Professor Michael Steinberger's Research Cited in Landmark Proposition 8 Ruling
Assistant Professor of Economics Michael Steinberger
Research by Assistant Professor of Economics Michael Steinberger was cited in the August 4 decision by U.S. District Chief Judge Vaughn R. Walker to overturn Proposition 8 in California as unconstitutional.
The controversial case, Perry v. Schwarzenegger, is the second to reach the courts in the wake of Proposition 8 passing by 52 percent in November 2008, which added the statement "only marriage between a man and a woman is valid or recognized in California” to the California Constitution. The first case, Strauss v. Horton, upheld Prop 8.
In Perry v. Schwarzanegger, however, Judge Walker found that "The evidence shows that, by every available metric, opposite-sex couples are not better than their same-sex counterparts; instead, as partners, parents and citizens, opposite-sex couples and same-sex couples are equal.”
In section 66 of the decision, on pages 92 and 93 of the 136-page opinion, a case is made for the increase of costs and decrease of wealth for same-sex couples who cannot access the typical rights and benefits of marriage. In this section, Steinberger’s research “Federal Estate Tax Disadvantages for Same-Sex Couples,” published in July 2009, is cited:
"Using data from several government data sources, this report estimates the dollar value of the estate tax disadvantages faced by same-sex couples. In 2009, the differential treatment of same-sex and married couples in the estate tax code will affect an estimated 73 same-sex couples, costing each of them, on average $3.3 million."
Steinberger conducted his research with the UCLA Williams Institute on Sexual Orientation Law and Public Policy, a non-partisan, non-advocacy think tank. Steinberger has been a public policy fellow with the institute for two years. His research on the business boost that five years of same-sex marriage has provided to Massachusetts was cited by news outlets, including Newsweek, last year.
“My research typically deals with disadvantaged groups, including the gender wage gap, racial disparities, college/high school wage gap, and income inequality and the poor,” says Steinberger, who has been with Pomona College since 2004 and won a Pomona College Wig Distinguished Professor Award for Excellence in Teaching in 2008.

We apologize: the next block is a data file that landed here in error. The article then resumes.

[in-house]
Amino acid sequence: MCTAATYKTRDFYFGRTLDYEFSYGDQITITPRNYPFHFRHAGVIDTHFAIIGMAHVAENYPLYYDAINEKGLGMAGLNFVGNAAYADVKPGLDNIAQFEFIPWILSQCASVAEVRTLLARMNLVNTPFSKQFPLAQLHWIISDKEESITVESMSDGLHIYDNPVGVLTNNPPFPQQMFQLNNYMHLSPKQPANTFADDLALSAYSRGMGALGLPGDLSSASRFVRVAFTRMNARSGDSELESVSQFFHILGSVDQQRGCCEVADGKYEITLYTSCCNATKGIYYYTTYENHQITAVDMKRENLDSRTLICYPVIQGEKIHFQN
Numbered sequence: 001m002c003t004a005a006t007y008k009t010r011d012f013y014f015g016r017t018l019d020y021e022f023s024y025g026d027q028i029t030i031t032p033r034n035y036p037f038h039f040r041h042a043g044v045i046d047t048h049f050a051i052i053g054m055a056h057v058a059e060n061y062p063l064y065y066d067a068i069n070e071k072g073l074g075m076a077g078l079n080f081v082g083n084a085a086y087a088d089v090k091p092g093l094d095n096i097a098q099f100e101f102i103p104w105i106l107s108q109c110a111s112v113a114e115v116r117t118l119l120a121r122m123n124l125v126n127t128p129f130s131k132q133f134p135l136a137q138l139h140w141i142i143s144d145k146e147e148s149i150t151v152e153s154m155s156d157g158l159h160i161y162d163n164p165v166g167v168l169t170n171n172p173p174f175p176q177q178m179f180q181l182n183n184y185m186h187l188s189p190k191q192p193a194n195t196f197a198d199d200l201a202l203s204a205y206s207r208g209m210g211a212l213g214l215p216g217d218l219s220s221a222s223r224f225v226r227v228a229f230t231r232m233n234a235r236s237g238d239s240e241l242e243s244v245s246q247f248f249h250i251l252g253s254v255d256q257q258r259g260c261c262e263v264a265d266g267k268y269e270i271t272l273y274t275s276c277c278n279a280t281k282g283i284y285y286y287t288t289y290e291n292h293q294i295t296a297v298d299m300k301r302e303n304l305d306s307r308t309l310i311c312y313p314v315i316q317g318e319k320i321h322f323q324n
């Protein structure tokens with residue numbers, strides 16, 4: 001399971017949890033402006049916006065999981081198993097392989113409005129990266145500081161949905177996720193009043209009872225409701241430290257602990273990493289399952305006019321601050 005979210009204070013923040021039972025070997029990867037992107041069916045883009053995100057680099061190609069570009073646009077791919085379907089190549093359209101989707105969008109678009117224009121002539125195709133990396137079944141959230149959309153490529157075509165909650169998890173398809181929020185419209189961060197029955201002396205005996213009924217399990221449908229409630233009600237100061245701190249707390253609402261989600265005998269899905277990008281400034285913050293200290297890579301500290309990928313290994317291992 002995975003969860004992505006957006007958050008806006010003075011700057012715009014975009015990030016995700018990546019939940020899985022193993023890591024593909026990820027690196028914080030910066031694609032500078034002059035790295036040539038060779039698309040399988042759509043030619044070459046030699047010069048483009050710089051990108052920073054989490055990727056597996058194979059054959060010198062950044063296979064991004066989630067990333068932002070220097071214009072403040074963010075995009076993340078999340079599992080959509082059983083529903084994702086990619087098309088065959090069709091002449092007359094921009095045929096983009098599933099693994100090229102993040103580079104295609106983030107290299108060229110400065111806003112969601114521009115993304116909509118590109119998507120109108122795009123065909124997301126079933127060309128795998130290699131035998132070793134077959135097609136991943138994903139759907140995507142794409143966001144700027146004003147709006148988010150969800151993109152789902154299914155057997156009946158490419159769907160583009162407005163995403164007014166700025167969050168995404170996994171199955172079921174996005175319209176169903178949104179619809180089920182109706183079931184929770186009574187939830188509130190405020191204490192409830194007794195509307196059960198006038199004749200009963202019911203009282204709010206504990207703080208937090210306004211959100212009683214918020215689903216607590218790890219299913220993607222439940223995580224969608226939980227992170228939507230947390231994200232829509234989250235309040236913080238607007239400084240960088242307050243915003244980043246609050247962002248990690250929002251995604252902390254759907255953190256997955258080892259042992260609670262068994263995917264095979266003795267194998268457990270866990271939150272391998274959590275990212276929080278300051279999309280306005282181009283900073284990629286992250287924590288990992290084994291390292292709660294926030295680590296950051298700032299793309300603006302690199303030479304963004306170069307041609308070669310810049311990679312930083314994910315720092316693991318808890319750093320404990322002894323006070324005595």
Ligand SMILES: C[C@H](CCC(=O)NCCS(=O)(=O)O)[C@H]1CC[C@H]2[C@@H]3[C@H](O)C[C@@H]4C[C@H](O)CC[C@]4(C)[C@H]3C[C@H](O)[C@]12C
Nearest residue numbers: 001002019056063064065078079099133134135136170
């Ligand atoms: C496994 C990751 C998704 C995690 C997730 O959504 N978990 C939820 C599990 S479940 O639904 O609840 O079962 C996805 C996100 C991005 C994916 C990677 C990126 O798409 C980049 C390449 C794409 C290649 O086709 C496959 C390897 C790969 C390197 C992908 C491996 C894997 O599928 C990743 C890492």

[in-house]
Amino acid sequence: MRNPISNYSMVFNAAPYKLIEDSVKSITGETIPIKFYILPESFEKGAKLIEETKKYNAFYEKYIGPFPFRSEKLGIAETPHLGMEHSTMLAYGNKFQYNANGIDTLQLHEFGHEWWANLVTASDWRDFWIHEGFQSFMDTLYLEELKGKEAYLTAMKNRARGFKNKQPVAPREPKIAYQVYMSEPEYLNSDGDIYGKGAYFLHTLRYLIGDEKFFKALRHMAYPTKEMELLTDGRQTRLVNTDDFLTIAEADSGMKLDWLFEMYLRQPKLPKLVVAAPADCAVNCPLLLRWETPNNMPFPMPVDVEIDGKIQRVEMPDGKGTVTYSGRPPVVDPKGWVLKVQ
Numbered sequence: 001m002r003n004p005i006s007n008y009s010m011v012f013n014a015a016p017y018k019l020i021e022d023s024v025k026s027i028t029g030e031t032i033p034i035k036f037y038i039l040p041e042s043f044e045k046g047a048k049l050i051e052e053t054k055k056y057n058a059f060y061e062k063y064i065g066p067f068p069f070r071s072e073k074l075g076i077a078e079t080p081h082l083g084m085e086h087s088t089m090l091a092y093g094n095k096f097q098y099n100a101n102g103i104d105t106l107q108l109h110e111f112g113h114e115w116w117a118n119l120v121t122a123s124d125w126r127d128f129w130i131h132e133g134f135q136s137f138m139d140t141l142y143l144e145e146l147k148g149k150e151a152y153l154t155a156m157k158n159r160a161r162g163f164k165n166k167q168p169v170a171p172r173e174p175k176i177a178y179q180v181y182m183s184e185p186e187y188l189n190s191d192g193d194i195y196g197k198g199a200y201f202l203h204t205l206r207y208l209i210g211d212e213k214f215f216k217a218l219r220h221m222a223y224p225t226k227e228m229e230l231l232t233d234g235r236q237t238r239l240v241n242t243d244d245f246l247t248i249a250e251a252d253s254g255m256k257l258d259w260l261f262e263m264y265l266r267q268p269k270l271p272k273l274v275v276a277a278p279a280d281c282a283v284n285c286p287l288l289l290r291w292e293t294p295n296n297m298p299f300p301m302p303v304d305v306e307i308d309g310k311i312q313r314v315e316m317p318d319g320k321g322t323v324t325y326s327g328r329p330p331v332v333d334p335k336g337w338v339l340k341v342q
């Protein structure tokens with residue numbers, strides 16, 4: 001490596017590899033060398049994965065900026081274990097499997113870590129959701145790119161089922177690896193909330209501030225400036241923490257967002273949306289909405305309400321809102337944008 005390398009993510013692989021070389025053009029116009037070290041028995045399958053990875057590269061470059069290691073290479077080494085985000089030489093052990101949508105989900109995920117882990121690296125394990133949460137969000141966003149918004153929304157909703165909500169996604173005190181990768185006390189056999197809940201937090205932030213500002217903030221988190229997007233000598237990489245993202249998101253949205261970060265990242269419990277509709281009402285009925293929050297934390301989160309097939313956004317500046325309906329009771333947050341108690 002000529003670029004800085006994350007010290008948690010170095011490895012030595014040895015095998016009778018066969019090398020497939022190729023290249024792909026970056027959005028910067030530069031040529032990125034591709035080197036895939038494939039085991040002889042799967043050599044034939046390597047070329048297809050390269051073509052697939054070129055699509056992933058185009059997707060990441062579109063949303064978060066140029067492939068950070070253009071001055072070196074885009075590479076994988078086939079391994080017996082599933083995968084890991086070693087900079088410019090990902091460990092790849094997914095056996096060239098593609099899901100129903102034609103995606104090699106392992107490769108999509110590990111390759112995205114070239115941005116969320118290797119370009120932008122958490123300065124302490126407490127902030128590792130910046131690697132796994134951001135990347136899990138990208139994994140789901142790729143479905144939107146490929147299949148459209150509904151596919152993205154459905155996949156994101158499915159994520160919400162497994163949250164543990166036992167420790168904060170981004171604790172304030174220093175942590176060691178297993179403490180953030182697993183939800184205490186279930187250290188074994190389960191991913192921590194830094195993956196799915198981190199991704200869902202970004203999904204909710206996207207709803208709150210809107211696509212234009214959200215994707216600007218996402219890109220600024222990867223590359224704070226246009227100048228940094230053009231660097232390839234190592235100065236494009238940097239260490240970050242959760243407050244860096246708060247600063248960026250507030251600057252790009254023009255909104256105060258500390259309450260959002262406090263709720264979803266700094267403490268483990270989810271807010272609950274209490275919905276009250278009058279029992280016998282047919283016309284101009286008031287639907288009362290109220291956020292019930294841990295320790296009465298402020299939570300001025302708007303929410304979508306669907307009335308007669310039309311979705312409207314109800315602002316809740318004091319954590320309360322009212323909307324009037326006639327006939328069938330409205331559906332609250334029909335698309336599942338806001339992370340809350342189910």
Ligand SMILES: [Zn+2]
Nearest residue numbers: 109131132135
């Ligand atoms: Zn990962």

“My work, in the jargon of economics is positive, not normative. I see my role as getting the facts on the table, which then help policy makers make informed decisions on the truth and not on their preconceived perceptions.”
Steinberger notes that research from the Williams Institute was actually used on both sides of the Perry v. Schwarzenegger trial. “The original estimate for the number of same-sex couples that were married when it was legal in California came from our office, and I assisted in the extrapolation of that number.”
Steinberger has also researched the causes of wage and hour differences between homosexuals and heterosexuals in the United States with Professor of Economics Heather Antecol at Claremont McKenna College.
Another research project with Dr. Gary Gates of the Williams Institute led to a correction in the way the U.S. Census Bureau processes its data in the U.S. Census and American Community Survey.
“Census data processing procedures had the unintended consequence of allocating a large number of different-sex married couples into being identified as same-sex partners,” says Steinberger. “Because of the work of Dr. Gates and myself, the Census changed their data processing procedures to help address the problem. More significantly, the Census has given us a grant to work with the non-public, unaltered Census to continue our work and to refine our findings and suggestions.” The grant, which is worth several thousands of dollars, helps the professors continue their work at the UCLA Regional Census Data Center.
Please visit Steinberger’s website for more information on his research and links to his papers.